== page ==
Journal of the Graduate Research Center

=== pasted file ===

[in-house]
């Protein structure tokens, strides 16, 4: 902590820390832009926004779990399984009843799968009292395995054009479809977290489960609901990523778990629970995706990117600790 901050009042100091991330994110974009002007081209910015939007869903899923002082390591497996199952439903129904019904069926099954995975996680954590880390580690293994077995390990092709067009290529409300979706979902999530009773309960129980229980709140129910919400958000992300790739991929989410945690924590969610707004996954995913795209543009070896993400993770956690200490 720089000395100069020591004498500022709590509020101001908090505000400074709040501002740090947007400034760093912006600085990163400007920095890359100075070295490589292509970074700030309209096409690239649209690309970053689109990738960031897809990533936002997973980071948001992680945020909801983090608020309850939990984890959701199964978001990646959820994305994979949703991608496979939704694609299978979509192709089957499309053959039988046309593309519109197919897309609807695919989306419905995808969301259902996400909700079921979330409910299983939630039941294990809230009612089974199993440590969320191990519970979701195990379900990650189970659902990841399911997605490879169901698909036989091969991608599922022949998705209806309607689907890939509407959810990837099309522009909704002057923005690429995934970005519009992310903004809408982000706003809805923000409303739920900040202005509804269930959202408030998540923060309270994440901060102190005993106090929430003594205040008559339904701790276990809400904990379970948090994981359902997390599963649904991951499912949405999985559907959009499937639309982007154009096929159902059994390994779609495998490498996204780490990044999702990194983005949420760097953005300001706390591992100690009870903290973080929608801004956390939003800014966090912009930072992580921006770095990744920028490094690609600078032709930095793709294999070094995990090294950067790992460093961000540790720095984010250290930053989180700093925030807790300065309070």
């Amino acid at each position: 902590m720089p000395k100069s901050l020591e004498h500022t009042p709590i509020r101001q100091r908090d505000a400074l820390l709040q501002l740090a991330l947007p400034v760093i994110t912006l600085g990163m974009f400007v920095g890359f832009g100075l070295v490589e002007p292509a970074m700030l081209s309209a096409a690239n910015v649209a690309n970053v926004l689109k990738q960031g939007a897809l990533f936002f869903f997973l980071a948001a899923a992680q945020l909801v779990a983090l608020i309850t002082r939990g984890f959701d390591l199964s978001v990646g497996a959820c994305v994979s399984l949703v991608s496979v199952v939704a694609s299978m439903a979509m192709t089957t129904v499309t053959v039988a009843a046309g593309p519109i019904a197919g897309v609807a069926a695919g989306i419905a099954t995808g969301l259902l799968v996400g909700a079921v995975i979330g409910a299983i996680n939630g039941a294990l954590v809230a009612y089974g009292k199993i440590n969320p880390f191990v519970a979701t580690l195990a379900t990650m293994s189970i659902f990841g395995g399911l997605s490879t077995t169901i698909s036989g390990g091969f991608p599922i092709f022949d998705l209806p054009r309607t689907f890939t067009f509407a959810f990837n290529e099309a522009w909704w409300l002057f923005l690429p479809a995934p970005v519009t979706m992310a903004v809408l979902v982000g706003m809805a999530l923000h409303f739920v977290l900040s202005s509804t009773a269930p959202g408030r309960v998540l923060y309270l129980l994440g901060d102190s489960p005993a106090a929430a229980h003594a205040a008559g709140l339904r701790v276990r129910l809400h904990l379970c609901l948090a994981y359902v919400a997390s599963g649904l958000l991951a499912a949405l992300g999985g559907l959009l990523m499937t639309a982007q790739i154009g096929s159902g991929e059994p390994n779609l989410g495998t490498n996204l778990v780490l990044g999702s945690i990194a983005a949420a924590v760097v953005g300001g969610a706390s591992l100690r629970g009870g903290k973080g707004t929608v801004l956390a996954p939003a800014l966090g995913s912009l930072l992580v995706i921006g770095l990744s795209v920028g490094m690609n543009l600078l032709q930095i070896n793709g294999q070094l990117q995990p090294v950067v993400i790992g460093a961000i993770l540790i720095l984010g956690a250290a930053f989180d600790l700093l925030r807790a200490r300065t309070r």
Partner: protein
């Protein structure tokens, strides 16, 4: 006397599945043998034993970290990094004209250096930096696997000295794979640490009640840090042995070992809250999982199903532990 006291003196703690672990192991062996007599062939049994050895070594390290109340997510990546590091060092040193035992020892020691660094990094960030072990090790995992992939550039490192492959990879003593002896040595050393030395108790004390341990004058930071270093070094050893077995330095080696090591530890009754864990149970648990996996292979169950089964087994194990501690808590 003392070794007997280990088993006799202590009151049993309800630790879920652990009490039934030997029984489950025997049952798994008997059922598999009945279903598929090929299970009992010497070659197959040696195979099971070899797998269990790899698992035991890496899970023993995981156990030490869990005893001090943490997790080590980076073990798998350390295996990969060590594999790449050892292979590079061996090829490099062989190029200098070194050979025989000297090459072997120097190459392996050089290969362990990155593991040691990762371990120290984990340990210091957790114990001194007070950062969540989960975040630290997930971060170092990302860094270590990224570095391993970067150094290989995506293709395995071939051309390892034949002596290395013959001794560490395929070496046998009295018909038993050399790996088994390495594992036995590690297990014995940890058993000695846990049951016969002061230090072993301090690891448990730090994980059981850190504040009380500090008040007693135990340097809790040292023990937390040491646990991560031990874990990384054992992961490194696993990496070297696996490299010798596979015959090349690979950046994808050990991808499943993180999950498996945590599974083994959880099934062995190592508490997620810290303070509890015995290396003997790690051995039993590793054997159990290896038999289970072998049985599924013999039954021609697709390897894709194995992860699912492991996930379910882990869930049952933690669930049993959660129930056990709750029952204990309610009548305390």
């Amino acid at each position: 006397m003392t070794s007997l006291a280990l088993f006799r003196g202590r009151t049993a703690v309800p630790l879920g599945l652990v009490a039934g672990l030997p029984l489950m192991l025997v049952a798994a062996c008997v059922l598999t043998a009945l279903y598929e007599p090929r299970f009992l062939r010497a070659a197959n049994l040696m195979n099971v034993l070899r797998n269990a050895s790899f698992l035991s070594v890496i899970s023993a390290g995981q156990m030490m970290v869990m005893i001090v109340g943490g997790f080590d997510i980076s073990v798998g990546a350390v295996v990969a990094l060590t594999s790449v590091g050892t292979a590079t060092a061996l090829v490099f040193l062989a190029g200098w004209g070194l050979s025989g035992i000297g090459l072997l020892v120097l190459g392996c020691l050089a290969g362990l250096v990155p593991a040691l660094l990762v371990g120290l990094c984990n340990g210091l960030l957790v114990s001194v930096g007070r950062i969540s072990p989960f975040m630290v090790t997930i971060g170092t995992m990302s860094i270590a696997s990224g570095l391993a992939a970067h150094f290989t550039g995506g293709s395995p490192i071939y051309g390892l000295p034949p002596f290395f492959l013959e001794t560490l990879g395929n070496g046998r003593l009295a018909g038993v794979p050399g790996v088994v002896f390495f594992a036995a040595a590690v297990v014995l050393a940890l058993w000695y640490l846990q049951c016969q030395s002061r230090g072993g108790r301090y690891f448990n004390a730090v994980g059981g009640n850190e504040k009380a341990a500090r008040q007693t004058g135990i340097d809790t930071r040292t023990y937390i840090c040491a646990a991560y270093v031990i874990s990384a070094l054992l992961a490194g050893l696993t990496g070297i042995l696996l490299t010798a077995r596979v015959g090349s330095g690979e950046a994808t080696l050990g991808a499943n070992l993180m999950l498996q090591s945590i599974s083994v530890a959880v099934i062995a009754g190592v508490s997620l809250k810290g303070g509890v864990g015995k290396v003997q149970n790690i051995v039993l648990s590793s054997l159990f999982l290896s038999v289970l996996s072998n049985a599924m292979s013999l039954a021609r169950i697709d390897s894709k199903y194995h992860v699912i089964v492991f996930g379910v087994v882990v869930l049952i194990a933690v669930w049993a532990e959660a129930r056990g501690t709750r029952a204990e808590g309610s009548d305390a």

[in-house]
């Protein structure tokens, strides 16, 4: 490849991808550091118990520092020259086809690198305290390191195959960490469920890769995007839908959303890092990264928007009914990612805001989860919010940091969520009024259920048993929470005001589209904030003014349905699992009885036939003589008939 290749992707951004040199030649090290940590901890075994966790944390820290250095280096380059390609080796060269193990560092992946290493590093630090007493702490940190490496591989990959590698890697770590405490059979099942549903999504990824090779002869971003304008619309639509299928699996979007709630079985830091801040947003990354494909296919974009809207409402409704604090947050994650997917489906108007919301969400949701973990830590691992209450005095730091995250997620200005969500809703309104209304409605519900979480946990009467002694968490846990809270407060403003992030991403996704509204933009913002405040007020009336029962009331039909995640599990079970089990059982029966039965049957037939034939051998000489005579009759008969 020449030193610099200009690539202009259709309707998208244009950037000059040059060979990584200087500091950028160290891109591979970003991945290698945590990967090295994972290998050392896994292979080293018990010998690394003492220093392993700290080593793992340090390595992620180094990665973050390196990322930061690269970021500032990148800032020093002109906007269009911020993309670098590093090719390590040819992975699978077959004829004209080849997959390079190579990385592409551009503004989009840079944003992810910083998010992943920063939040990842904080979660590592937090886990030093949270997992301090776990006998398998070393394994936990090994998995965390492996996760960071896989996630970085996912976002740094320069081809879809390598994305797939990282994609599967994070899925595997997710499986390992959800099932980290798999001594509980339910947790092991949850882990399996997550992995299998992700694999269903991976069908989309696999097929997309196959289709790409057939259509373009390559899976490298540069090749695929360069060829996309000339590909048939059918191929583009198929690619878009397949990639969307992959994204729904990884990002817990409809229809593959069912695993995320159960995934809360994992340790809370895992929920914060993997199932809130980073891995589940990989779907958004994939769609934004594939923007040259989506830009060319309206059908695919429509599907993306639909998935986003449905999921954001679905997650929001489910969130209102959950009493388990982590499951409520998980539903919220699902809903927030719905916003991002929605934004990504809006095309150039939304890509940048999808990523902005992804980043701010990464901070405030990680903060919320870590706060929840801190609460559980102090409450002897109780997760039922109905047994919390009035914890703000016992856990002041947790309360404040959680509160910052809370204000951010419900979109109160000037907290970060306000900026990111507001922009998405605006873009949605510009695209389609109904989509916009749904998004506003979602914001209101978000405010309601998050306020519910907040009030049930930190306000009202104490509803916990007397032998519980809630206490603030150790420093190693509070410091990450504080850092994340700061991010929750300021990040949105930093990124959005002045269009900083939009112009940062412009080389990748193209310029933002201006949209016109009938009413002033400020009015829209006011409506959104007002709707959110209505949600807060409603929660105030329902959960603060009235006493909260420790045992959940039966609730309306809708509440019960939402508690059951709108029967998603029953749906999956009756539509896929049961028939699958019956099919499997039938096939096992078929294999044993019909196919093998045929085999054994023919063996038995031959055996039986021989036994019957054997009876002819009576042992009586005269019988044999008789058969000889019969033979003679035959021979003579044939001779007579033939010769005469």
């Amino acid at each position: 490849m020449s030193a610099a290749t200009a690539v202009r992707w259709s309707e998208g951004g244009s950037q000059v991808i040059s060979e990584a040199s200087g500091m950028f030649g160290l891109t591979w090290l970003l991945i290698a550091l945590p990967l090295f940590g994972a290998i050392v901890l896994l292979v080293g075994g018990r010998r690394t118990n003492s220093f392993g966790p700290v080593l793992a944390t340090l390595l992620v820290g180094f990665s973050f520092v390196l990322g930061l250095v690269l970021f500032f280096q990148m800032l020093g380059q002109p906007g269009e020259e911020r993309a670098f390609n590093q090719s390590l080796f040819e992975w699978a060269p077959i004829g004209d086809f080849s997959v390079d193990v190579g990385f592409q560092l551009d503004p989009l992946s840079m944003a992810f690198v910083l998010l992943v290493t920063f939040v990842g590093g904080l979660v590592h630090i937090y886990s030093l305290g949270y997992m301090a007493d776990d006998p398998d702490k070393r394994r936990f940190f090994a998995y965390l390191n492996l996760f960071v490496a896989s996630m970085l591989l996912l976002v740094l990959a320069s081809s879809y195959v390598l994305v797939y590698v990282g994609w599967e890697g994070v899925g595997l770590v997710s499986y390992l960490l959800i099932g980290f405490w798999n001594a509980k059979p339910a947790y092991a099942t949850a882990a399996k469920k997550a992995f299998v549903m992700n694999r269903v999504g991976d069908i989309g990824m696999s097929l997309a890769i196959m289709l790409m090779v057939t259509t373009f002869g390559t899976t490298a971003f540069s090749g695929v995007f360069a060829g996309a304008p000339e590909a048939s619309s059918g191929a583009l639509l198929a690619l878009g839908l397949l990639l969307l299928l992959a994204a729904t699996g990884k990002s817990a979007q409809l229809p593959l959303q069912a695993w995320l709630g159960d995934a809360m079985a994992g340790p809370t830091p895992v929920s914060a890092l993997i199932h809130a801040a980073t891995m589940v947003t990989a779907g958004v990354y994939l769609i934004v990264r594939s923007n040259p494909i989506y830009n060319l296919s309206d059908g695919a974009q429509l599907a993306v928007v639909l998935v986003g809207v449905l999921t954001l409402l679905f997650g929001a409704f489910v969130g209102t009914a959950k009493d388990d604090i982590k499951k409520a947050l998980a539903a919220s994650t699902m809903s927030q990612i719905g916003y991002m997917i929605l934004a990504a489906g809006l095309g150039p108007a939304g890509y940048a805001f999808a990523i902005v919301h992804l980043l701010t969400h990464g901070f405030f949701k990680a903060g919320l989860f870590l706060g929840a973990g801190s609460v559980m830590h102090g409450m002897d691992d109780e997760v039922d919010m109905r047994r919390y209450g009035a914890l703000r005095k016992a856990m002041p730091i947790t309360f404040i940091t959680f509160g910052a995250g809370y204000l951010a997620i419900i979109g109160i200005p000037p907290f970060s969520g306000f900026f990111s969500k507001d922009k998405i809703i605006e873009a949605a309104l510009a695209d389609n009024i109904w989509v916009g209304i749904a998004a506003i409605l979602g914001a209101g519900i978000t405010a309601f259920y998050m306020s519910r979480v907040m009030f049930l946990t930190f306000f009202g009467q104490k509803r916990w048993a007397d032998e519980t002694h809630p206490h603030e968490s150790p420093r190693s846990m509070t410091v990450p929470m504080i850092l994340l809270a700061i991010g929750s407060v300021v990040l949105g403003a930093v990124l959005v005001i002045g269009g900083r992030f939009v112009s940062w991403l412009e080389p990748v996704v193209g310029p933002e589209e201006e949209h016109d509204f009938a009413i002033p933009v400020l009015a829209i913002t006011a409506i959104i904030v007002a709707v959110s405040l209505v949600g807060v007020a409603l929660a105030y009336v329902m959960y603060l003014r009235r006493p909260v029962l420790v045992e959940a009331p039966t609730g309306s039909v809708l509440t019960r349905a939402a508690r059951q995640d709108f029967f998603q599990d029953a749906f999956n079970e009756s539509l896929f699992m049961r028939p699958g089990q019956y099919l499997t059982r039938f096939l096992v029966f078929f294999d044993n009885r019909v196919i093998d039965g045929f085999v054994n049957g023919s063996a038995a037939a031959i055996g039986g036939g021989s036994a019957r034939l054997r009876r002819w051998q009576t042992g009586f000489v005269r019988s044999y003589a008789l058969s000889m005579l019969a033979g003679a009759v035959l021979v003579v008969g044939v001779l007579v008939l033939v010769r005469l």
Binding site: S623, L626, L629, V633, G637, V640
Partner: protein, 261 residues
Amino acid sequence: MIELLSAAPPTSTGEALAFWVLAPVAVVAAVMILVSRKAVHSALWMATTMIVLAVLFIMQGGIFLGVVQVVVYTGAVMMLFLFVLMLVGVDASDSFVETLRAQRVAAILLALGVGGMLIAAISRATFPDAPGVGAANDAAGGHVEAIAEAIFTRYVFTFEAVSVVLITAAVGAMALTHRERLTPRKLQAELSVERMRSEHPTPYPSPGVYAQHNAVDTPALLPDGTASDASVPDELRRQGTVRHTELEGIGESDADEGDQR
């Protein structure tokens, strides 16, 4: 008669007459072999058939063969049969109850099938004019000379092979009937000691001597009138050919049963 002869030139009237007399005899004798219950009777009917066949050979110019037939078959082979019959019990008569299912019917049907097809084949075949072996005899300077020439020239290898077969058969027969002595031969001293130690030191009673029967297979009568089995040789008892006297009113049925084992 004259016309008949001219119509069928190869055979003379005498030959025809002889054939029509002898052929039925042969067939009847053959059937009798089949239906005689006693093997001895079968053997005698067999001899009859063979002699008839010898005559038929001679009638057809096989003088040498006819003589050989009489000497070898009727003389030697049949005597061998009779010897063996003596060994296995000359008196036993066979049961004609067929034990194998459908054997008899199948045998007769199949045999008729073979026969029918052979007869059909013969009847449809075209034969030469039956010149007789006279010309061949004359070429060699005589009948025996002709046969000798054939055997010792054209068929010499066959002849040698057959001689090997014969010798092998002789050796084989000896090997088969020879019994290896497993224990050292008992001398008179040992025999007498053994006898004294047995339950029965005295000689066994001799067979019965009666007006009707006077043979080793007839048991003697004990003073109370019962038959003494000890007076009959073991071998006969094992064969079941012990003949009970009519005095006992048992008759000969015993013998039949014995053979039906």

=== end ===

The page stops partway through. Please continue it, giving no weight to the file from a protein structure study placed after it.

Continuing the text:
I hold true scholarship to be the most worthwhile and honorable of callings. It not only provides the scholar with the tools he needs for tangible accomplishment, but also, if pursued properly and in depth, engenders a sort of humility and personal awareness that make for generous and just appraisal of one's fellow men and of oneself. I dare say most of you share this view in some measure but if you believe that such a view is the prevailing American estimate, I think you deceive yourselves. There are numerous indications that in the majority American opinion, scholarship in depth is not very important and, in fact, a bit ridiculous. And if some undergraduate student is hopeful that a sterling academic record in college will guarantee for him an estimable station in American society, he may be in for a rude awakening. Now, lest you find these observations too gloomy and pessimistic, let me interject that the intellectual climate of the country seems to be improving slowly, so that the scholar's position in American society is a little better than it was a decade ago. But scholars and scholarship still aren't very influential in this country, and, in my opinion, their relative unimportance constitutes a definite danger to our future.

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